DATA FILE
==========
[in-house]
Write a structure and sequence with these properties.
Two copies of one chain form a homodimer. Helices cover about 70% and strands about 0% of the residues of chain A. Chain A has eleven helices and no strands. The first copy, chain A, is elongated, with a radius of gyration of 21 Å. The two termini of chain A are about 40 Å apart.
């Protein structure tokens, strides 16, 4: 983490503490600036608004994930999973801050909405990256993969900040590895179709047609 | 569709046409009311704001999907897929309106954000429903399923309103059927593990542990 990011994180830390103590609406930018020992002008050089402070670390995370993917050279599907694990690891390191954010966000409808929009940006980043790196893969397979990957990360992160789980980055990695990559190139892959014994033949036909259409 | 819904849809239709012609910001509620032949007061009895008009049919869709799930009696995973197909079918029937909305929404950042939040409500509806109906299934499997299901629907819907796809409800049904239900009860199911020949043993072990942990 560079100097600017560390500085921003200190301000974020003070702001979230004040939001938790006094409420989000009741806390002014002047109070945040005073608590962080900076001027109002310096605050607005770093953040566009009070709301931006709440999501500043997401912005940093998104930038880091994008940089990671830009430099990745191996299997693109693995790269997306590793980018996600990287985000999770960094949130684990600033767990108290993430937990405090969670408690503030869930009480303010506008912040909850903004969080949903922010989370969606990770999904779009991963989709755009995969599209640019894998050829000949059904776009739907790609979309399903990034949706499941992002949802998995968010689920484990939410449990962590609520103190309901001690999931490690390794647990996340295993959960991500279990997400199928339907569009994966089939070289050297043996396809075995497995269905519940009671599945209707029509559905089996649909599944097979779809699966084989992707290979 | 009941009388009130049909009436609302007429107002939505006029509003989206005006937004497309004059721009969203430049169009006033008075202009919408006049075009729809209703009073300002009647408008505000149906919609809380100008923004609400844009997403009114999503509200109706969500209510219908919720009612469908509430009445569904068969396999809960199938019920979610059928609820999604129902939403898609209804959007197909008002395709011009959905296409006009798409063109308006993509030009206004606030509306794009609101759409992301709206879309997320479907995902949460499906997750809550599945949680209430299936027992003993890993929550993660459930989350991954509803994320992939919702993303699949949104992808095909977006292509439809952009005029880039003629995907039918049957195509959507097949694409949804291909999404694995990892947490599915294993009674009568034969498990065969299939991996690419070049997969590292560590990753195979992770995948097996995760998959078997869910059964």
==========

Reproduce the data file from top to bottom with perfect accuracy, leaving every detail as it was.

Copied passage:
[in-house]
Write a structure and sequence with these properties.
Two copies of one chain form a homodimer. Helices cover about 70% and strands about 0% of the residues of chain A. Chain A has eleven helices and no strands. The first copy, chain A, is elongated, with a radius of gyration of 21 Å. The two termini of chain A are about 40 Å apart.
């Protein structure tokens, strides 16, 4: 983490503490600036608004994930999973801050909405990256993969900040590895179709047609 | 569709046409009311704001999907897929309106954000429903399923309103059927593990542990 990011994180830390103590609406930018020992002008050089402070670390995370993917050279599907694990690891390191954010966000409808929009940006980043790196893969397979990957990360992160789980980055990695990559190139892959014994033949036909259409 | 819904849809239709012609910001509620032949007061009895008009049919869709799930009696995973197909079918029937909305929404950042939040409500509806109906299934499997299901629907819907796809409800049904239900009860199911020949043993072990942990 560079100097600017560390500085921003200190301000974020003070702001979230004040939001938790006094409420989000009741806390002014002047109070945040005073608590962080900076001027109002310096605050607005770093953040566009009070709301931006709440999501500043997401912005940093998104930038880091994008940089990671830009430099990745191996299997693109693995790269997306590793980018996600990287985000999770960094949130684990600033767990108290993430937990405090969670408690503030869930009480303010506008912040909850903004969080949903922010989370969606990770999904779009991963989709755009995969599209640019894998050829000949059904776009739907790609979309399903990034949706499941992002949802998995968010689920484990939410449990962590609520103190309901001690999931490690390794647990996340295993959960991500279990997400199928339907569009994966089939070289050297043996396809075995497995269905519940009671599945209707029509559905089996649909599944097979779809699966084989992707290979 | 009941009388009130049909009436609302007429107002939505006029509003989206005006937004497309004059721009969203430049169009006033008075202009919408006049075009729809209703009073300002009647408008505000149906919609809380100008923004609400844009997403009114999503509200109706969500209510219908919720009612469908509430009445569904068969396999809960199938019920979610059928609820999604129902939403898609209804959007197909008002395709011009959905296409006009798409063109308006993509030009206004606030509306794009609101759409992301709206879309997320479907995902949460499906997750809550599945949680209430299936027992003993890993929550993660459930989350991954509803994320992939919702993303699949949104992808095909977006292509439809952009005029880039003629995907039918049957195509959507097949694409949804291909999404694995990892947490599915294993009674009568034969498990065969299939991996690419070049997969590292560590990753195979992770995948097996995760998959078997869910059964």